The Kenyan government has excluded Mumias Sugar Company from the list of mills slated for leasing, leaving it under the management of the Sarai Group.
This decision comes despite President Ruto’s earlier threats to replace the investor due to perceived shortcomings in supporting farmers.
Last year, Dr Ruto declared the intention to seek new leases for Mumias, criticising the existing investor for alleged inadequacies.
The released list of mills earmarked for leasing comprises Muhoroni, Chemelil, South Nyanza, Nzoia, and Miwani.
The government is the single largest shareholder in Mumias with a stake of 20 percent at the once vibrant miller. The state was set to relinquish its shareholding once the miller is leased to a private investor.
Over the past decade, Kenya has aimed to lease these state-owned mills to private investors, facing recurrent legal obstacles from farmers and county governments.
The government holds significant stakes in various mills, such as 98.8 percent in Sony, 97.93 percent in Nzoia, 96.22 percent in Chemelil through the Agricultural Development Corporation (ADC), and 1.42 percent through the Development Bank of Kenya (DBK). Additionally, it owns an 82.8 percent stake in Muhoroni and 49 percent in Miwani.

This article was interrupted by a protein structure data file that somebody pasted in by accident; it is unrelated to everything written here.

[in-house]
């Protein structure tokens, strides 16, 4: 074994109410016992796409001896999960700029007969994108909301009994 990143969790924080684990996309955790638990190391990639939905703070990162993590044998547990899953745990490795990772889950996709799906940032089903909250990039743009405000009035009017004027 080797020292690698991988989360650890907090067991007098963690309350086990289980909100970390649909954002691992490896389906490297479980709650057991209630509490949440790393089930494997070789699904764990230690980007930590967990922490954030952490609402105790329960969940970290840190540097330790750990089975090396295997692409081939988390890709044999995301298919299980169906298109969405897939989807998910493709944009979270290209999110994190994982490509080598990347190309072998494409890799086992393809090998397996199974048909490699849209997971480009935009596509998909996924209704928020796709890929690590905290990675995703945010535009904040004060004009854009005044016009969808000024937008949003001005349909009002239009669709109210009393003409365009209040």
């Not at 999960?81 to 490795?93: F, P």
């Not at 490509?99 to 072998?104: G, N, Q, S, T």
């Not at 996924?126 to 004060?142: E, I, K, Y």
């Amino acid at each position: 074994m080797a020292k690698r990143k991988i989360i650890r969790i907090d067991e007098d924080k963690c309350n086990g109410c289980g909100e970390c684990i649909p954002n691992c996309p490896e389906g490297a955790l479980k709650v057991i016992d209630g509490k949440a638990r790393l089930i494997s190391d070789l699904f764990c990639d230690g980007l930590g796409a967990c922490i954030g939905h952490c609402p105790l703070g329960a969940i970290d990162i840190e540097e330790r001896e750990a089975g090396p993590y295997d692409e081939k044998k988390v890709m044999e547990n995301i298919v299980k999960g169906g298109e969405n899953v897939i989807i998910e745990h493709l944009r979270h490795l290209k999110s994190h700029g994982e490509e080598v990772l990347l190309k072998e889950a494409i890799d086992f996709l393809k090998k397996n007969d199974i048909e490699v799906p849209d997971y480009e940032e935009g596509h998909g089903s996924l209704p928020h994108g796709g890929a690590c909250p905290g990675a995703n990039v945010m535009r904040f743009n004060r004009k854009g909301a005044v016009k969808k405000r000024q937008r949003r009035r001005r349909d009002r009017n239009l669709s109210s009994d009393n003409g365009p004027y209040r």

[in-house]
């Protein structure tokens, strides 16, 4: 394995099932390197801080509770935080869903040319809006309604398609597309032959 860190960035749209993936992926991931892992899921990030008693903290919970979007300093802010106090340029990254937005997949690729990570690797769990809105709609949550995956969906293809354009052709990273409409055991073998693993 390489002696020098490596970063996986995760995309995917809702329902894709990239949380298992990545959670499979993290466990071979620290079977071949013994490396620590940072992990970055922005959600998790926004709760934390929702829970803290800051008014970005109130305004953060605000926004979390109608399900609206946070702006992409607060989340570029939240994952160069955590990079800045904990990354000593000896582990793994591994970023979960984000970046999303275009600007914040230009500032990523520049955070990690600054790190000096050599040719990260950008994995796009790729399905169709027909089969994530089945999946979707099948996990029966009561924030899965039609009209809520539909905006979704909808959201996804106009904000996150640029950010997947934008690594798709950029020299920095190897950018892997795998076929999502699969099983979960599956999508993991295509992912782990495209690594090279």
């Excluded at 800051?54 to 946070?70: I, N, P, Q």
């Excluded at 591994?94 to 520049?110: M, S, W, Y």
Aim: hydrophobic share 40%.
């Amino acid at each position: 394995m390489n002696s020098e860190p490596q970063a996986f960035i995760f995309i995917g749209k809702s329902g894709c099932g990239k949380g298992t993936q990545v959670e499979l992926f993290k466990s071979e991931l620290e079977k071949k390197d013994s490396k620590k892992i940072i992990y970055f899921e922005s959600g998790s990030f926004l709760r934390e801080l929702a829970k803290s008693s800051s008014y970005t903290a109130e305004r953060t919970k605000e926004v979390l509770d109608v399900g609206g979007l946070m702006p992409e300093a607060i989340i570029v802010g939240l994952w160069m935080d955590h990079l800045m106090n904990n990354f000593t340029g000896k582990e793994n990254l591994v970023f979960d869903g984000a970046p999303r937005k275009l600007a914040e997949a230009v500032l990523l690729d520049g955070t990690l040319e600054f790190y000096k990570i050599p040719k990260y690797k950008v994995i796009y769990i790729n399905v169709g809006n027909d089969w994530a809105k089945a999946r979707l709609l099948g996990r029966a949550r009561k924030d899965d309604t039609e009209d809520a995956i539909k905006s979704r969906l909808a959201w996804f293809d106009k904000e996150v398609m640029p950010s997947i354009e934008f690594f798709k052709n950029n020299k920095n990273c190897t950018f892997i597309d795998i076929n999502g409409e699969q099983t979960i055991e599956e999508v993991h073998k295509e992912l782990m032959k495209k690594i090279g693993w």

Successful bidders will gain control over diverse assets, including factories, offices, machinery, huge nucleus farms, staff facilities, guest houses, schools and sports stadia.
This leasing initiative is poised to reignite power struggles within the cane industry, involving prominent players like the Rai brothers and various local and foreign investors.
Mumias, resuming milling activities after a six-month hiatus for cane maturation, had its assets leased to the Sarai Group in 2021, tasked with revitalising the collapsed sugar milling company following a successful bidding process.